7. A 20-Year View of Monitoring Ecological Quality in English and Welsh Rivers

  1. Philip J. Boon2 and
  2. Paul J. Raven3
  1. Ian P. Vaughan and
  2. Stephen J. Ormerod

Published Online: 17 FEB 2012

DOI: 10.1002/9781119961819.ch7

River Conservation and Management

River Conservation and Management

How to Cite

Vaughan, I. P. and Ormerod, S. J. (2012) A 20-Year View of Monitoring Ecological Quality in English and Welsh Rivers, in River Conservation and Management (eds P. J. Boon and P. J. Raven), John Wiley & Sons, Ltd, Chichester, UK. doi: 10.1002/9781119961819.ch7

Editor Information

  1. 2

    Scottish Natural Heritage, Edinburgh, UK

  2. 3

    Environment Agency, Bristol, UK

Author Information

  1. Cardiff School of Biosciences, Cardiff University, UK

Publication History

  1. Published Online: 17 FEB 2012
  2. Published Print: 23 MAR 2012

ISBN Information

Print ISBN: 9780470682081

Online ISBN: 9781119961819

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Keywords:

  • Water quality;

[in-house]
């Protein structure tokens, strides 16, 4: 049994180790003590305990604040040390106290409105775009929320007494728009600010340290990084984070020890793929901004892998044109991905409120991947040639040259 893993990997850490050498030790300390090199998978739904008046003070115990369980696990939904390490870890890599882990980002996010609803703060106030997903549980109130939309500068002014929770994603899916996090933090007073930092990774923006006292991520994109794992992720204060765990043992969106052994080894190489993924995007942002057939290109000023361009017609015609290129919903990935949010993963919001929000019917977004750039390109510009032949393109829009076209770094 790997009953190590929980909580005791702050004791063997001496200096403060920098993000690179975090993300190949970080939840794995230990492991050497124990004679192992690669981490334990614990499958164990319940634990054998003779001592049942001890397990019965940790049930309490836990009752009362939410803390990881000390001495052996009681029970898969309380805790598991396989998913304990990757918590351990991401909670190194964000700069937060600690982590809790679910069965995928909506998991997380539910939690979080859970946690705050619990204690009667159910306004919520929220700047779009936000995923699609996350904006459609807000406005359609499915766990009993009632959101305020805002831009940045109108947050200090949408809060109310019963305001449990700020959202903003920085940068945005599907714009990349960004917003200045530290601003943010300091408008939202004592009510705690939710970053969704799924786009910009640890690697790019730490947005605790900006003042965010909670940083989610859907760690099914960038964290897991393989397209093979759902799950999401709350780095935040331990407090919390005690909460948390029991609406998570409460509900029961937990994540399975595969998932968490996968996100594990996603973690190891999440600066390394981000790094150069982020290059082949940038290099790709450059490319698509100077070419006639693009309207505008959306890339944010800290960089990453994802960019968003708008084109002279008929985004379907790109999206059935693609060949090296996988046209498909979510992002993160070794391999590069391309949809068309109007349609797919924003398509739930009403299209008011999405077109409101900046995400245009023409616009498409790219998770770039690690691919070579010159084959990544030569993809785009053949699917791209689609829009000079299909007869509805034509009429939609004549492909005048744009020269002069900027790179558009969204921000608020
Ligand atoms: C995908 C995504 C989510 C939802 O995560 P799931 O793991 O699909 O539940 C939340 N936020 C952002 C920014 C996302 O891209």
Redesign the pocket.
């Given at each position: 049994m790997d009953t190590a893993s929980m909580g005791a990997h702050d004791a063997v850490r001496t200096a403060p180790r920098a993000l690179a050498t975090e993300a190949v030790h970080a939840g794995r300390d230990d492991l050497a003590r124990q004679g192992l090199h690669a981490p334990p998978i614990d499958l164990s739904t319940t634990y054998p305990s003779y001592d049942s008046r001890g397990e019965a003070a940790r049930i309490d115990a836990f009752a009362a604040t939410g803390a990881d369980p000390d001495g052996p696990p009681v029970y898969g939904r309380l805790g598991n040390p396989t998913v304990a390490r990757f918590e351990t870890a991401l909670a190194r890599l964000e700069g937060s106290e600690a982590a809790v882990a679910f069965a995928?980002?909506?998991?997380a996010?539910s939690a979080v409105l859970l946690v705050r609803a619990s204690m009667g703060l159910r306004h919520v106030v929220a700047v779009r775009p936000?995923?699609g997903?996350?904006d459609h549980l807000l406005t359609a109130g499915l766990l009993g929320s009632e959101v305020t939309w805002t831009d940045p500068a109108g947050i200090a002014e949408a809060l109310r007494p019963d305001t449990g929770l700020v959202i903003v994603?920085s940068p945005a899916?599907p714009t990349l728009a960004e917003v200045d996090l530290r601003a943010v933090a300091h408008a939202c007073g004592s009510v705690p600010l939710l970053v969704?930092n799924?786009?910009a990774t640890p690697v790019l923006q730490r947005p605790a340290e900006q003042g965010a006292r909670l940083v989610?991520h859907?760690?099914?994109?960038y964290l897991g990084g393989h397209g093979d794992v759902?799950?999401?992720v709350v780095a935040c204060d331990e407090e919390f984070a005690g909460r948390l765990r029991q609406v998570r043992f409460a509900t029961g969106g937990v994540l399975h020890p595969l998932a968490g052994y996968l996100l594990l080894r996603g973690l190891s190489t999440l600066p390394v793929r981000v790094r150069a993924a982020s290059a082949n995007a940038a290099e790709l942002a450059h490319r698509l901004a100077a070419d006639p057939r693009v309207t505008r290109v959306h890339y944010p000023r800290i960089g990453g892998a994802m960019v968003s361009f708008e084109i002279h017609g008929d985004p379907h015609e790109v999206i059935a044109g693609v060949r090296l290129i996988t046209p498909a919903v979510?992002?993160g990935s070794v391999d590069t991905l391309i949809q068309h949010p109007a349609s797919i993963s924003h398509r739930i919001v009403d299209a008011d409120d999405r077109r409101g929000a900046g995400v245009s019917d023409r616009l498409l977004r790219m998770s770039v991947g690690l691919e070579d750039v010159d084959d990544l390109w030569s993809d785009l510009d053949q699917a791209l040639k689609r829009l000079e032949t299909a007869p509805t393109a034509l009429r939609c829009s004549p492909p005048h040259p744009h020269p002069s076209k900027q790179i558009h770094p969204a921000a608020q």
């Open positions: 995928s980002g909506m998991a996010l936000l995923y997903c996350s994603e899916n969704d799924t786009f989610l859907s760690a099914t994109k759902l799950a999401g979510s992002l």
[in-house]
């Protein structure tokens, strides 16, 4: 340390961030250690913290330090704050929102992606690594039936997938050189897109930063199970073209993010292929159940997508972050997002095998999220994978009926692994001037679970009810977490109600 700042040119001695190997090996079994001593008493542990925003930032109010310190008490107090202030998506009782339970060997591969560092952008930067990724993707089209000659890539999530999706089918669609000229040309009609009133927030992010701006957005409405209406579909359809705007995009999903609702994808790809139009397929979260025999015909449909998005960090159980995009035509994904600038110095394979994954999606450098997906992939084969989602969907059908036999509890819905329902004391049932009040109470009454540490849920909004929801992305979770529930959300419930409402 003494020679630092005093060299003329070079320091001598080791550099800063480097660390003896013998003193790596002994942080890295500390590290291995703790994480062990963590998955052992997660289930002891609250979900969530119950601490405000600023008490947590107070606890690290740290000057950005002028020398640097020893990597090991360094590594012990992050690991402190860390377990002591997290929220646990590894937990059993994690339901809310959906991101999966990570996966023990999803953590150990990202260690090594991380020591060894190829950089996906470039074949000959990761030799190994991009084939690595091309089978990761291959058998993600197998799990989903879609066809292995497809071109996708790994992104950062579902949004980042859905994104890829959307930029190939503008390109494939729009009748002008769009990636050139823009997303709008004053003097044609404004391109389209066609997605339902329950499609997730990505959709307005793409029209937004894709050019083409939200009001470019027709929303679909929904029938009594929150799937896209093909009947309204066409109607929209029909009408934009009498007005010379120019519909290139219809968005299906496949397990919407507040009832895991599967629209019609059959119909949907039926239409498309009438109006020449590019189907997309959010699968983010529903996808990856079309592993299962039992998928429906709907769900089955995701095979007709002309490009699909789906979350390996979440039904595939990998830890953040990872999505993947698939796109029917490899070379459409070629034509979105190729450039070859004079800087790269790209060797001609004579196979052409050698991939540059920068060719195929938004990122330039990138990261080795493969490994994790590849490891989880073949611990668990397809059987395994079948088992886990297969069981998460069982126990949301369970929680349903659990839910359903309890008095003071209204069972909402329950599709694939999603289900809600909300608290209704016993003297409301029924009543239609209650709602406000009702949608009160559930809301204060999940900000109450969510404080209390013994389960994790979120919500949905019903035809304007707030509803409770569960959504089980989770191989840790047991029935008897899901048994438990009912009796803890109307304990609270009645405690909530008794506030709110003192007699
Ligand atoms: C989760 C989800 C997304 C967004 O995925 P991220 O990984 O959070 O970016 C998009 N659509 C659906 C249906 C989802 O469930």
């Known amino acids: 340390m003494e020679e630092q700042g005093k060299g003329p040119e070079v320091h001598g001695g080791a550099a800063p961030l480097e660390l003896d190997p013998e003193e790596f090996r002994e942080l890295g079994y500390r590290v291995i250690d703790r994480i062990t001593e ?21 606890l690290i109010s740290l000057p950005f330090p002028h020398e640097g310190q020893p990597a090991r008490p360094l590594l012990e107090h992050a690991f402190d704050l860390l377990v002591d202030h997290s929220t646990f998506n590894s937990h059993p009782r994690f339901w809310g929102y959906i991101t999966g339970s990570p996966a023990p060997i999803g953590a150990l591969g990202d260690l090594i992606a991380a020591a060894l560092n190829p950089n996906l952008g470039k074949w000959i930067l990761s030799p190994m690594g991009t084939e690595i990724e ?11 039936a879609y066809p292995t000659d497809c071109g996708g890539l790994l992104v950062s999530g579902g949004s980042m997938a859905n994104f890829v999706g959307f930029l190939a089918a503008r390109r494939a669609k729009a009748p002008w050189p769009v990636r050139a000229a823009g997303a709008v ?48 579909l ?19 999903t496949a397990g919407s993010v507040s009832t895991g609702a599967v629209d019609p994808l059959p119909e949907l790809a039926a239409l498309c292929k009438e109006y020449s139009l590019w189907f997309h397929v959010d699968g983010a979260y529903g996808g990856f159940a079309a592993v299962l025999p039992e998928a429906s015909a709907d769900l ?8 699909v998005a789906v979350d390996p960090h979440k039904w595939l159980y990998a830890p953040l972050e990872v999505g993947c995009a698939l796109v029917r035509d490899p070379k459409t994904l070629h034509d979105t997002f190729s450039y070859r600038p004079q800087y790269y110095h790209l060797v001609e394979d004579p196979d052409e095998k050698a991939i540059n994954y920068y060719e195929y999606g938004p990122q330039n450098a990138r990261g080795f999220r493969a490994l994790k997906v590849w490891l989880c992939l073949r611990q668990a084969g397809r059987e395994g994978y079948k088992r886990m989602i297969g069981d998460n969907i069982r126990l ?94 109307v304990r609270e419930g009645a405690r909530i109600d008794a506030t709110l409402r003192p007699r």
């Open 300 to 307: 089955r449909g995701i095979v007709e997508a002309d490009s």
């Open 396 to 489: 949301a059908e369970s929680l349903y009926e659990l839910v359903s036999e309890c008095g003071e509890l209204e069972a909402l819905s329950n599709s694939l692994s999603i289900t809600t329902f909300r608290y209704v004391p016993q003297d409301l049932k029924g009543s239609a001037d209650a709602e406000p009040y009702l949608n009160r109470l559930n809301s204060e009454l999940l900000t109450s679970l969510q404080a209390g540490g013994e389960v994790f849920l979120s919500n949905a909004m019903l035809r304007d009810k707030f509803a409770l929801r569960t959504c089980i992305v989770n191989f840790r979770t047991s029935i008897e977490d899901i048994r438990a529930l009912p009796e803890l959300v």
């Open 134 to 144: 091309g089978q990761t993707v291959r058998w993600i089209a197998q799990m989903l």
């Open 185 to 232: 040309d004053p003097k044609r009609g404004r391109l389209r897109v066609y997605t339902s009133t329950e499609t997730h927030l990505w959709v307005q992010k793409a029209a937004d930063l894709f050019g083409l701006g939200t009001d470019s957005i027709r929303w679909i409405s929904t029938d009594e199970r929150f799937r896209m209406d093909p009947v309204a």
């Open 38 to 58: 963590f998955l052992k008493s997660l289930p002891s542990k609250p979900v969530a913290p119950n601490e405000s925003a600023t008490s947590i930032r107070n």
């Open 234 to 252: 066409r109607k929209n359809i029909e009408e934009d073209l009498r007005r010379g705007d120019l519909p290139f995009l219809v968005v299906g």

• river habitat;
  • benthic macroinvertebrates;
  • environmental stressors;
  • River Wye

Summary

Rivers are one of the most intensively monitored environments, primarily due to the importance of the resources they supply. In England and Wales, river monitoring covers biology, chemistry, hydrology and hydromorphology, but the context and uses for monitoring data are both still evolving. Over the past 20 years, river monitoring has revealed substantial improvements in water and biological quality, as well as establishing the first detailed picture of physical habitat. In addition to their primary role, biological, chemical and physical data can also support wider research on river management and conservation, but these opportunities have not been fully exploited. Despite the limitations of using data collected for different purposes, we argue that monitoring databases developed since 1990 could underpin future developments in riverine science. This assertion is illustrated by two simple examples that analyse the spatial distribution of human pressures in a catchment and quantify a possible interaction between water quality and river channel modification. Maintaining an effective, high quality monitoring network will depend on all those using the information — including the research community — making a compelling case that continued, extensive gathering of scientific data and their application for river management purposes justifies the investment.